HTC is reportedly considering producing a Chromebook using Google's Chrome OS, despite underwhelming sales of Acer and Samsung hardware using the cloud-centric platform. The new HTC - billed as an "internet-access device" - would differ in that the company is apparently looking to "combine the advantages" of Android and Chrome OS, according to DigiTimes' supply chain sources, though it's unclear if that means a dual-boot arrangement or something else.
HTC could be envisaging something akin to the Shift, the company's UMPC from back in 2008 which could boot into both a customized version of Windows Mobile 6 and Windows Vista, allowing for smartphone-style and laptop-style use depending on your task demands. Rather than Microsoft's platforms, however, the new device could switch between Android and Chrome OS, the former intended for internet browsing and content consumption, while the latter would allow for content creation using Google's cloud-based apps.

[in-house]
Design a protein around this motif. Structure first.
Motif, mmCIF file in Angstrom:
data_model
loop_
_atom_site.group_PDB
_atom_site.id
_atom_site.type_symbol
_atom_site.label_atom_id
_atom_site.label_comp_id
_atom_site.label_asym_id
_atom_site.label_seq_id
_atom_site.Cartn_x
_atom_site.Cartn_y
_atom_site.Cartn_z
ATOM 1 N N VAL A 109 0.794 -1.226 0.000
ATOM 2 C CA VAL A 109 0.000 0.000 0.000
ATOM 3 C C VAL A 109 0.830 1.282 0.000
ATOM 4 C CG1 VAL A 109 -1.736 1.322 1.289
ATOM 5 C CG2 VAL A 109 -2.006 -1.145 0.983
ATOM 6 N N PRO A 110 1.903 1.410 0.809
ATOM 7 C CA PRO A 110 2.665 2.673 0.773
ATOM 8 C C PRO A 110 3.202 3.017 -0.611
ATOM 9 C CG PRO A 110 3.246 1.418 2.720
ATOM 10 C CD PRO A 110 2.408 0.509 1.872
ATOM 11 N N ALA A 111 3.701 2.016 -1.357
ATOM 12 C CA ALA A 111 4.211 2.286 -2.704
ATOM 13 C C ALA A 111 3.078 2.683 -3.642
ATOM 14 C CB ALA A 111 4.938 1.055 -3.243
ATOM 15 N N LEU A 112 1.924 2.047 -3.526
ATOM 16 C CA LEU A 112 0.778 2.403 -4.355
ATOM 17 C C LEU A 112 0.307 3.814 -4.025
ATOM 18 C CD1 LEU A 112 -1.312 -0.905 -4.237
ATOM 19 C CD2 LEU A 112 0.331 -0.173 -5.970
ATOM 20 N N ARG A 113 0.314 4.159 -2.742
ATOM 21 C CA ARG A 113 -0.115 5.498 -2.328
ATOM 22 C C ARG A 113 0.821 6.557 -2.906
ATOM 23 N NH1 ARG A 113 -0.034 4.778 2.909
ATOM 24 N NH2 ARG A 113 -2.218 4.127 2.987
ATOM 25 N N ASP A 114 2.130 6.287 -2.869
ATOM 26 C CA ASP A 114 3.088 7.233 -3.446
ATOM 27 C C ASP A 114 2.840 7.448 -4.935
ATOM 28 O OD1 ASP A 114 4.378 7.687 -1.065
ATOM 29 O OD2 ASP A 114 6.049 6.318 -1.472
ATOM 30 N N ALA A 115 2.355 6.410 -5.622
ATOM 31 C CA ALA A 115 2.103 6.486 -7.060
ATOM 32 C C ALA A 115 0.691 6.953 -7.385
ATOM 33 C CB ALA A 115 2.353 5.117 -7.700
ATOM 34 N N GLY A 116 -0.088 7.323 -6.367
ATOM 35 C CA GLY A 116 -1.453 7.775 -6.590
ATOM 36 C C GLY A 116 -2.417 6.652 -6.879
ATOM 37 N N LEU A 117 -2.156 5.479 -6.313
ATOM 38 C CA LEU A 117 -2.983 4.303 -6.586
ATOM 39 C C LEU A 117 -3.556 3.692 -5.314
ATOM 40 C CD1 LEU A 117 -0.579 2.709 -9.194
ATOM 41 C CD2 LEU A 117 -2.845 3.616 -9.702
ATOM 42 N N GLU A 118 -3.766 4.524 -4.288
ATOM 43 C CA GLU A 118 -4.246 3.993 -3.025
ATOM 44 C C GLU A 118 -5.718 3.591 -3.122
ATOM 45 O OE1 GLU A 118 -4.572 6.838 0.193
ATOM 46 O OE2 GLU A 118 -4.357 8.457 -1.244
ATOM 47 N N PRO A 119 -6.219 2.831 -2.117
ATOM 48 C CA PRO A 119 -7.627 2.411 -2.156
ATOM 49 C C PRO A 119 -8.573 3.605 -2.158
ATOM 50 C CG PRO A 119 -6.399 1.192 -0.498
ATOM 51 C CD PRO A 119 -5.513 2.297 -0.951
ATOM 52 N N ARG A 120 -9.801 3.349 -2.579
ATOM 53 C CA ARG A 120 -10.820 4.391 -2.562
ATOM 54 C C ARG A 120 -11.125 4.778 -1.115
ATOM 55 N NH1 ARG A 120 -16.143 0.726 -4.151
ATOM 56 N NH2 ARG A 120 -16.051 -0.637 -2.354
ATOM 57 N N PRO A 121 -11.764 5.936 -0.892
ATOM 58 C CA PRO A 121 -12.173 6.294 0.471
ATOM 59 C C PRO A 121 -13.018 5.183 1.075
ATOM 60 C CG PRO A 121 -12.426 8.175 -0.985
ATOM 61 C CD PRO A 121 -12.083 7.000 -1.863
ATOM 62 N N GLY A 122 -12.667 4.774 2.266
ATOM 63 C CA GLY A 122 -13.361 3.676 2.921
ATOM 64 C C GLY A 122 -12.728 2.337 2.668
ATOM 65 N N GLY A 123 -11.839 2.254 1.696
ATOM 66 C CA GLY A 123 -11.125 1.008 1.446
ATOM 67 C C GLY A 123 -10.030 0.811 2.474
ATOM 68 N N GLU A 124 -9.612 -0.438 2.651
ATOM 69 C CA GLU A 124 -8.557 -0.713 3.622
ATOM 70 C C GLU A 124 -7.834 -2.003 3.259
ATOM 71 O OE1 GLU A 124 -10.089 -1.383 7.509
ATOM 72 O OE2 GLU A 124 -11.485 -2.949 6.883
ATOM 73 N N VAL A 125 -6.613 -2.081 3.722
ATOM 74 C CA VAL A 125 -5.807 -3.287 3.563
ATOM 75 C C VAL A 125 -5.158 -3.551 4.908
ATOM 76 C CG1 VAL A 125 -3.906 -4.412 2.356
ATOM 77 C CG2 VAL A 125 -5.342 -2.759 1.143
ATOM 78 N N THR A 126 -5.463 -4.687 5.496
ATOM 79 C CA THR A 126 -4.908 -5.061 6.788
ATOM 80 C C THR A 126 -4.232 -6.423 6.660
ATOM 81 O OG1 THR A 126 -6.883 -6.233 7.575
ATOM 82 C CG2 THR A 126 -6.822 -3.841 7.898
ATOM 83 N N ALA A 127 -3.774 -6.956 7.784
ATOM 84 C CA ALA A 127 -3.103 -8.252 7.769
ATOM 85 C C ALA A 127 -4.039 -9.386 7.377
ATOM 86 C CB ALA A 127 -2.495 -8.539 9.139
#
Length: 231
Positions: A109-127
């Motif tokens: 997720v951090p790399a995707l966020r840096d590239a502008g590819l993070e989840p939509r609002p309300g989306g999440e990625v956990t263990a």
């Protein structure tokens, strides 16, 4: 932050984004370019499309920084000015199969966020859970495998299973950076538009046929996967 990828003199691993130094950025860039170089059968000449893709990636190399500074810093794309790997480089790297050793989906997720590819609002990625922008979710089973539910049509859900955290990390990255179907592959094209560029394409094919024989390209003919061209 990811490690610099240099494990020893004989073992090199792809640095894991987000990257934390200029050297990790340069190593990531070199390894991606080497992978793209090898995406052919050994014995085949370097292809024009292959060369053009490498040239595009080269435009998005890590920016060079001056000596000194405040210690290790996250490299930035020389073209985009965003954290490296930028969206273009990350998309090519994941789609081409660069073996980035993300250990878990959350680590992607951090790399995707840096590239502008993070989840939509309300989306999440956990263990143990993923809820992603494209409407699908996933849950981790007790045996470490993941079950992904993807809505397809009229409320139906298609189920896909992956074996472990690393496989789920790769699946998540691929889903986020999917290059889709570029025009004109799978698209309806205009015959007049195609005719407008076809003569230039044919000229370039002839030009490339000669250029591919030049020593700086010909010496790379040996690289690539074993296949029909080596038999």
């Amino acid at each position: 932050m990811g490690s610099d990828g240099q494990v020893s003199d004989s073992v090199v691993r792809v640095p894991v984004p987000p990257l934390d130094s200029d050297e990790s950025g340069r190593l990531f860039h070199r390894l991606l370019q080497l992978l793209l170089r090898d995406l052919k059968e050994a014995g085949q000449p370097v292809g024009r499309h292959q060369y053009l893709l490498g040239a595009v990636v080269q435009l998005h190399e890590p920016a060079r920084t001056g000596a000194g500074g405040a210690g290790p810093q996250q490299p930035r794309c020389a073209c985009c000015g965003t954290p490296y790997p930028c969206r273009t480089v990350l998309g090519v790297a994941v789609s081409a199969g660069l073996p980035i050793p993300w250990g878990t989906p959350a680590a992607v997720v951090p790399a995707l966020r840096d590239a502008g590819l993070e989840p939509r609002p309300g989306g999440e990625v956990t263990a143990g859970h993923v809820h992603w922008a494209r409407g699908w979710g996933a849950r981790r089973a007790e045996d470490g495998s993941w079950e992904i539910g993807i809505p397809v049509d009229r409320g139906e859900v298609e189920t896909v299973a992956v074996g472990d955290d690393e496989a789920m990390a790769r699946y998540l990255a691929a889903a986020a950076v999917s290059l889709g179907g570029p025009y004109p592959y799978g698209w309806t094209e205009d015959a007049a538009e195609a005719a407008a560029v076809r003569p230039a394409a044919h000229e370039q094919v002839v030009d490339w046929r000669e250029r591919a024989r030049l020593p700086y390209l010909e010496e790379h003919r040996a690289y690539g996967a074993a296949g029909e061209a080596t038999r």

Alternatively, the "advantages" mentioned could refer to running Chrome OS on an ARM chipset, as Android phones use, rather than a more power-hungry Intel processor. The platform already has ARM support, but so far the only commercial hardware released has used Intel's Atom CPUs. With ARM at its core, a Chrome OS device could likely run for longer on a single charge and still deliver high definition video and other multimedia benefits.
Acer and Samsung both cut the starting price for their Chromebooks earlier this week, in the hope that it would spur on consumer interest; even so, cumulative sales are expected to only reach 30,000 at most by the end of the year. Google also tweaked Chrome OS itself slightly, to make discovering browser-based apps more straightforward to discover. Back when we reviewed the Samsung Series 5 Chromebook we found it to be solid hardware but unable to compete with similarly priced notebooks when it came to flexibility of use.